The great spiritual writer Watchman Nee observed, “We think in terms of apostolic journeys. God dares to put His greatest ambassadors in chains.”
Could it be that some of your greatest ministry failures weren’t an accident?
In my new book – Finding Favor: God’s Blessings Beyond Health, Wealth and Happiness (releasing April 17th) – I look at nine different ways God “blesses” people in the Old Testament, the majority of which seem negative, but aren’t.
The title of chapter ten – Strategic Failure – is one such blessing.
Here’s an excerpt from that chapter…
Here’s a new definition of success I want you to begin using: success is finding favor with God.
That’s true success.
If we have God’s stamp of approval on our lives—meaning, if we’re doing the things he has called us to do—and most importantly finishing the things he has called us to do—and we do it for his glory, in his strength, to accomplish his goals, then we’re wildly successful.
Here’s the kicker: being favored includes failing.
If there’s one thing we learn from Scripture, it’s that God sometimes leads a person to do something, knowing they will fail, and tells them to do it anyway.
In other words, God calls people to fail on purpose, and when they do, they’re successful.
You read that correctly.
Sometimes when we pray for God’s favor, he responds by causing us to fail.
He leads us to fail. He puts us in situations where he knows we’re going to blow it in epic fashion, and that is all part of his larger plan.
In fact, sometimes one of the clearest signs that we’re squarely in the will of God is that when we look back we see a string of abysmal, embarrassing, heart-wrenching failures.
Don’t believe me? Just ask Abraham.
The Bible tells us in Genesis 24:1 that “Abraham was now very old, and the Lord had blessed him in every way.”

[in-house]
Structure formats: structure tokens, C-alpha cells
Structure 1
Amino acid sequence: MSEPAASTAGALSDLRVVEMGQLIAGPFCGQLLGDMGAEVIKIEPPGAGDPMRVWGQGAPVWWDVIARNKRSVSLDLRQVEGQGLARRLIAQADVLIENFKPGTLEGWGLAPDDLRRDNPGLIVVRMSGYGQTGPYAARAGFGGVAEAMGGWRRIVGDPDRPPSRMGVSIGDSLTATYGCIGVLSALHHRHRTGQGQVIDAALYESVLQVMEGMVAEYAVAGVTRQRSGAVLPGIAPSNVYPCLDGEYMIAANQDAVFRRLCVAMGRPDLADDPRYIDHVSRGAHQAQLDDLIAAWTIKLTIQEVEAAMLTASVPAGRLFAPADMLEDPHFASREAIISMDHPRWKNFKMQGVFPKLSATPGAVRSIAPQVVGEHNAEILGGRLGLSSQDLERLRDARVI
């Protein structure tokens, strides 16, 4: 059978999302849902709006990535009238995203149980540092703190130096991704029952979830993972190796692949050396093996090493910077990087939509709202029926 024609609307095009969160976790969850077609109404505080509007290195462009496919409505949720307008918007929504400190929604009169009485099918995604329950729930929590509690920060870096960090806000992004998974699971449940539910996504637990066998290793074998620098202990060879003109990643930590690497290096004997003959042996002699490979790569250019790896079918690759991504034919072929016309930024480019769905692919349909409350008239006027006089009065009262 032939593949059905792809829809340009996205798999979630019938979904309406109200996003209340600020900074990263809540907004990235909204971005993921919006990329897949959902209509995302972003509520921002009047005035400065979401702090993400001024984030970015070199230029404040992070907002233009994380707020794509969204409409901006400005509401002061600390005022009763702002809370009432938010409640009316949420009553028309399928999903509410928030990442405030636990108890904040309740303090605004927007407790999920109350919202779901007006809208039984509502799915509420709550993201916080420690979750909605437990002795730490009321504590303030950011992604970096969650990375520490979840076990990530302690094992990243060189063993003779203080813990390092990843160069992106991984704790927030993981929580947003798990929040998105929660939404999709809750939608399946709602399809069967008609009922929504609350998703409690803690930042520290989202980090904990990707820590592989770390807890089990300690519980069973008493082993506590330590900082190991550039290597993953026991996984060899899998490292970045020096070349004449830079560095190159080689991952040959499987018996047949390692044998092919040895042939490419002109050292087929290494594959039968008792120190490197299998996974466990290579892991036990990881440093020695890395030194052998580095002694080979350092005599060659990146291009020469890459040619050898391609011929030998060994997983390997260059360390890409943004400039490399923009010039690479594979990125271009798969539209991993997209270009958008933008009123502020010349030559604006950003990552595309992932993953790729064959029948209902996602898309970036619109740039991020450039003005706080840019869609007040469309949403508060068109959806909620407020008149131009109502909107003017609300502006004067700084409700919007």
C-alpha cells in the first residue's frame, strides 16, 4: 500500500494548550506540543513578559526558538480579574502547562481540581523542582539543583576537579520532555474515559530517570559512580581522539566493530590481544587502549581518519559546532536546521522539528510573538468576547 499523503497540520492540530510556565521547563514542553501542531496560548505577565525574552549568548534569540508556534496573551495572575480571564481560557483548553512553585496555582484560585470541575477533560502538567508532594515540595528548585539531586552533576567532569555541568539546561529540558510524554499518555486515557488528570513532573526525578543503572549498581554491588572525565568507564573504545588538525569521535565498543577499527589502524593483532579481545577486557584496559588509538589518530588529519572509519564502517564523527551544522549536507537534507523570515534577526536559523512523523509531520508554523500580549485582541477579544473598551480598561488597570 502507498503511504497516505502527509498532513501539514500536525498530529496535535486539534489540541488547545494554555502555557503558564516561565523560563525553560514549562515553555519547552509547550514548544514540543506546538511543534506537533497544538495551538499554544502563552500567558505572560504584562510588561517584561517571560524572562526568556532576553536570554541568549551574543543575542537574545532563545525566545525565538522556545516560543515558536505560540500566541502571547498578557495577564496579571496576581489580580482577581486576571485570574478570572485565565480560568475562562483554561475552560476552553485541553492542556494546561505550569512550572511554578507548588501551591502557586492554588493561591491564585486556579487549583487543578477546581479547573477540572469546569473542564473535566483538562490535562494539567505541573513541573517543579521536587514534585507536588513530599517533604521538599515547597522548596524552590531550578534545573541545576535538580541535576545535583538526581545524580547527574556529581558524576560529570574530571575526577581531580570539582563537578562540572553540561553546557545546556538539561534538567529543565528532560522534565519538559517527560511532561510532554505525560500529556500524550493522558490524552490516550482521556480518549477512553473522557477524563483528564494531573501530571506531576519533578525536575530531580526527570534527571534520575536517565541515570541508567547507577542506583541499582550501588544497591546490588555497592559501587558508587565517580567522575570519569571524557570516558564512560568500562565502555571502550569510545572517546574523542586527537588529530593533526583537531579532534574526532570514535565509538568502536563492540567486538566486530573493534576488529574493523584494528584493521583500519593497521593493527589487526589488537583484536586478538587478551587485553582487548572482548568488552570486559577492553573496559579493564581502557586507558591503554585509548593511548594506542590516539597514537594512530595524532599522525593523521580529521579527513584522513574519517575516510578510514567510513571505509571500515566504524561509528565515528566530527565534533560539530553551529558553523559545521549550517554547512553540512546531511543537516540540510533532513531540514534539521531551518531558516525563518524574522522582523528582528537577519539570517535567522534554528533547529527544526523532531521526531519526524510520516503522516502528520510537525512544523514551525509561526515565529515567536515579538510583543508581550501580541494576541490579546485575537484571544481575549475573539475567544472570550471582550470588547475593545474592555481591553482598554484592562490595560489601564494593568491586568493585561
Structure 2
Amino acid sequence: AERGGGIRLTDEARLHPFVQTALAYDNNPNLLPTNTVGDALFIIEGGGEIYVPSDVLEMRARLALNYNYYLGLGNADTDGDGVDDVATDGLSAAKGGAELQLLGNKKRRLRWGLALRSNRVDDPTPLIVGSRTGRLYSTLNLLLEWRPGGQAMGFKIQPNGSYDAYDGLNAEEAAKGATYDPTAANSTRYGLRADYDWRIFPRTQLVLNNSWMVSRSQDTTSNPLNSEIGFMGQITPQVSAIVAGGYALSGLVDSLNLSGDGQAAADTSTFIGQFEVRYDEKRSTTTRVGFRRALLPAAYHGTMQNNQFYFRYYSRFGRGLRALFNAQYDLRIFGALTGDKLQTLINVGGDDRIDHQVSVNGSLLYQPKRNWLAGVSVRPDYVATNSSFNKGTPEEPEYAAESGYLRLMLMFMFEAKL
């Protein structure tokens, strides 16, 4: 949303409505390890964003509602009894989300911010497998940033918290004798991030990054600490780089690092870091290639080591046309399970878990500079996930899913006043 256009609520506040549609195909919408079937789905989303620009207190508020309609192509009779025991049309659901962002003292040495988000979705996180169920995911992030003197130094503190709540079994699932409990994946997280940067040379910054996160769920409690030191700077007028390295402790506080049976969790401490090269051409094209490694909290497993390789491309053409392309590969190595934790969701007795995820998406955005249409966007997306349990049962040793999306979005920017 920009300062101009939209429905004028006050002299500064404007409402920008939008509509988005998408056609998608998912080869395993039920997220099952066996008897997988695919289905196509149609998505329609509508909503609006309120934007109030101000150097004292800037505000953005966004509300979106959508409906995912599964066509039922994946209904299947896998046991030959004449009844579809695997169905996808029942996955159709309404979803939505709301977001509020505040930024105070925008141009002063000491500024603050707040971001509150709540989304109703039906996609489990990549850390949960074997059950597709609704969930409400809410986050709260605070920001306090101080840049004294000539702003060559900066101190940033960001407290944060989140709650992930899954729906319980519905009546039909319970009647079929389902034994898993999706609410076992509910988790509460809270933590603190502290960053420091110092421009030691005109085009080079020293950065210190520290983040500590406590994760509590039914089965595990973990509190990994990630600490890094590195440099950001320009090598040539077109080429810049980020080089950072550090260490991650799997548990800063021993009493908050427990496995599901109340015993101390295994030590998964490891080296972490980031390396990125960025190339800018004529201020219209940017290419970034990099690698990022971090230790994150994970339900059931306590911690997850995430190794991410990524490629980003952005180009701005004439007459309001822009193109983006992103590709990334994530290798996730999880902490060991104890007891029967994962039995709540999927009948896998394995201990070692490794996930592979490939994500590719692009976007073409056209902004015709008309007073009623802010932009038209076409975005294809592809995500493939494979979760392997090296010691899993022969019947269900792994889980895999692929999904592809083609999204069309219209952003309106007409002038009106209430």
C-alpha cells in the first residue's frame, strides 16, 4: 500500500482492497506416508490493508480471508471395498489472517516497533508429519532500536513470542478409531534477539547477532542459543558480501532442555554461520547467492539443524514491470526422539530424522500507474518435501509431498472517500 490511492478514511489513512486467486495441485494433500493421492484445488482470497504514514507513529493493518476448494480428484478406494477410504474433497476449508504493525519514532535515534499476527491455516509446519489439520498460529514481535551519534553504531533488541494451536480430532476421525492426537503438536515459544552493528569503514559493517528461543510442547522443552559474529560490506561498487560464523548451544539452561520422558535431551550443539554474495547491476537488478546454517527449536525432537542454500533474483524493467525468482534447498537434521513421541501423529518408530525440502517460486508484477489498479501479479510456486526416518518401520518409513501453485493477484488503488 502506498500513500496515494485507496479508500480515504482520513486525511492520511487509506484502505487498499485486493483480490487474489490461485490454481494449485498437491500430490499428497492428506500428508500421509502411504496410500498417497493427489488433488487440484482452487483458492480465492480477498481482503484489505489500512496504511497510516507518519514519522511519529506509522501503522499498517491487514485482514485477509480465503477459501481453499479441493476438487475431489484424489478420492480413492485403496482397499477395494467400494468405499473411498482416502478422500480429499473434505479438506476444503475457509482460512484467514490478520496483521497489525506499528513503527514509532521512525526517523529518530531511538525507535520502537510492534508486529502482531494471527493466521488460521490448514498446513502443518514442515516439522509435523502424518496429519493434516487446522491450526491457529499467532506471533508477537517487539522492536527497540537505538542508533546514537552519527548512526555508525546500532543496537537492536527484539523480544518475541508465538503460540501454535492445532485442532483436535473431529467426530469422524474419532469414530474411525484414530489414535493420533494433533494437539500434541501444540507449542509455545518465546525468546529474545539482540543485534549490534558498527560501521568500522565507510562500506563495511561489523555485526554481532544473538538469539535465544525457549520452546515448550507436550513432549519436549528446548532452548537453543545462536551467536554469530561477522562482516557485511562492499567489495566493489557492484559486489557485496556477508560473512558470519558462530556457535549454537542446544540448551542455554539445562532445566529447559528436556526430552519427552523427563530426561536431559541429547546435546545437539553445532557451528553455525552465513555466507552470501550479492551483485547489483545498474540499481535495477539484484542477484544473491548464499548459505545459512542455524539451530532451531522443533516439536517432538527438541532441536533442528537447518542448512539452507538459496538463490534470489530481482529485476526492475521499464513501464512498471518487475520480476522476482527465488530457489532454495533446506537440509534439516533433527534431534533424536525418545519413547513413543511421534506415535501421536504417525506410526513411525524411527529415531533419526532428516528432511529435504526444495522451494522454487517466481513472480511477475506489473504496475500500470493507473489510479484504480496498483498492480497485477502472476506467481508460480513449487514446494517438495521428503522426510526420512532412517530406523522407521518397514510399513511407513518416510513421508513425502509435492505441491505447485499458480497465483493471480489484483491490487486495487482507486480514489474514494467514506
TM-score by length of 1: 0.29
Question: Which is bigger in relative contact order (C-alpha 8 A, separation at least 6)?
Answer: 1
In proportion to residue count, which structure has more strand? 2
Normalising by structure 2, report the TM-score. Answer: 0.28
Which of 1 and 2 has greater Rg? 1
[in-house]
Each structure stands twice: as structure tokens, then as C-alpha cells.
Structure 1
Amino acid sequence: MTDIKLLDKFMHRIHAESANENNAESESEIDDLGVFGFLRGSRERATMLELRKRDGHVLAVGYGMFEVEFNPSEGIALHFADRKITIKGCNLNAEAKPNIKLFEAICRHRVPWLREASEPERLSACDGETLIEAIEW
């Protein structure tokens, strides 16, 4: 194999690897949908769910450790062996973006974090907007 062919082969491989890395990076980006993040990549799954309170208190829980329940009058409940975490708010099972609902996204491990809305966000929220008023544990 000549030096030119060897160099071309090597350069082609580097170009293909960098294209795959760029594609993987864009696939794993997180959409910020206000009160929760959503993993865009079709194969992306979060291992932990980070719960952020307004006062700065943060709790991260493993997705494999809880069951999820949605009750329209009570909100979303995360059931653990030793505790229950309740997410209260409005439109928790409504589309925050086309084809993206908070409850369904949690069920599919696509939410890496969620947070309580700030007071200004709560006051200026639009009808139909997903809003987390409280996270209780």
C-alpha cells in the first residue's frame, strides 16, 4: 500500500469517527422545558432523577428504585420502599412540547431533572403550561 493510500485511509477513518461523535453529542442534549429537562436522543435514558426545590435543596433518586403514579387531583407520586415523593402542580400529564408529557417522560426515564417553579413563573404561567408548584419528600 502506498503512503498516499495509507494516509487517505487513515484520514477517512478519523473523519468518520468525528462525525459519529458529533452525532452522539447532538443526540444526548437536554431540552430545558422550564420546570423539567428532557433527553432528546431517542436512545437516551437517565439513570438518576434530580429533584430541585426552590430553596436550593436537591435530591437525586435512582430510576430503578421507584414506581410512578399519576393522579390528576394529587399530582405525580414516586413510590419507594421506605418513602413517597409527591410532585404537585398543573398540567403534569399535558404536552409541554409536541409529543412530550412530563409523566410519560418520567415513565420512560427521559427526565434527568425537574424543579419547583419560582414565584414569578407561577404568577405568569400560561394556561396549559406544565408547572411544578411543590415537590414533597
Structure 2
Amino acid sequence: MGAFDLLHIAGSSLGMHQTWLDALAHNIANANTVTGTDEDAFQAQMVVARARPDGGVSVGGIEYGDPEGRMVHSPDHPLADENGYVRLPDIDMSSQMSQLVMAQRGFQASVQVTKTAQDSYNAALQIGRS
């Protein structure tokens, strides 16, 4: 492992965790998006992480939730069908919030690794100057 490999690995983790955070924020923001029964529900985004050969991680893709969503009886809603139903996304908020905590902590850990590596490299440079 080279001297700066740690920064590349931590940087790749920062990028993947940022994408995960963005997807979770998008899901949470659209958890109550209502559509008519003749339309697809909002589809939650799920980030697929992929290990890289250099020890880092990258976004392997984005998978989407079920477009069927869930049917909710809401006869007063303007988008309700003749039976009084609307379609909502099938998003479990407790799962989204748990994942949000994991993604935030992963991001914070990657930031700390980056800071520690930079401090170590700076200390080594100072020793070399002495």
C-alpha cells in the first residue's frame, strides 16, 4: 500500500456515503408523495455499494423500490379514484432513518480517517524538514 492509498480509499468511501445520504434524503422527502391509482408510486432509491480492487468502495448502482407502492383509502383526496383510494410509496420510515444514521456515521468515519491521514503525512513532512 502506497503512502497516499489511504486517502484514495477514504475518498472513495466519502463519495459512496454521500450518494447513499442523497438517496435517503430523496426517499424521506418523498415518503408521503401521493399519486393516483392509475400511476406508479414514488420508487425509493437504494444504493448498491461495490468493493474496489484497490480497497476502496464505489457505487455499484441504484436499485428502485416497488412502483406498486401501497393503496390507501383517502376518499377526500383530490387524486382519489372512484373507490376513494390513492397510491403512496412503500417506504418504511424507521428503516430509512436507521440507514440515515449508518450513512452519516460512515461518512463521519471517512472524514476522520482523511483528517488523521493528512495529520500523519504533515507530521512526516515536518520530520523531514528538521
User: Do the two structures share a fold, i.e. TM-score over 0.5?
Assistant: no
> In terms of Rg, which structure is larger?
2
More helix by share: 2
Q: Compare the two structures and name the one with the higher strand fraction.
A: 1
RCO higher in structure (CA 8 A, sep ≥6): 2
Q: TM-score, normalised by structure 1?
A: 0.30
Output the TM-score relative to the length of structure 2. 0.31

If you’re not familiar with the story of Abraham, he probably reminds you of the type of person you’d see featured on the cover of Fortune magazine, sitting on the hood of his Rolls Royce parked in front of one of his twenty-four homes.
If the Creator of the universe blessed Abraham in every way, we Americans assume he’d be the mythical guy everyone holds up as a role model for business and life. He’d have perfect teeth, a beautiful wife, and 2.5 kids who went to Harvard but served the poor on the weekends. To relax, he’d hand out money to the poor while jogging sixteen miles to keep in shape, simultaneously calling various world leaders to try to get them to forgive the debt of African countries so they could afford antiretroviral medications to treat AIDS.
BLESSED IN EVERY WAY?
Can you imagine what your life would look like if you could say that God had blessed you not in some ways but in every way?
The thing is we don’t have to imagine.
Abraham was seventy years old when God told him,
“Go from your country, your people and your father’s household to the land I will show you. I will make you a great nation” (Genesis 12:1-2).
Abraham left his father and extended family behind in a city named Haran (in modern-day Turkey) and traveled to the land of Canaan (in modern-day Israel).
When Abraham died at 175 years, I don’t see how anyone would have thought his life had been blessed in most ways, let alone every way.
(And yes, he actually lived to 175. See Genesis 25:7. Can you imagine how much his back and knees hurt? Geez!)
The twelfth-century Jewish scholar Maimonides believed there were ten great tests Abraham had to endure.
God told Abraham to leave his homeland and sojourn as a stranger into the land of Canaan (Genesis 12:1).
As soon as he arrived in the Promised Land, he had to face a severe famine, which sent him searching for food in Egypt just to survive (Genesis 12:10).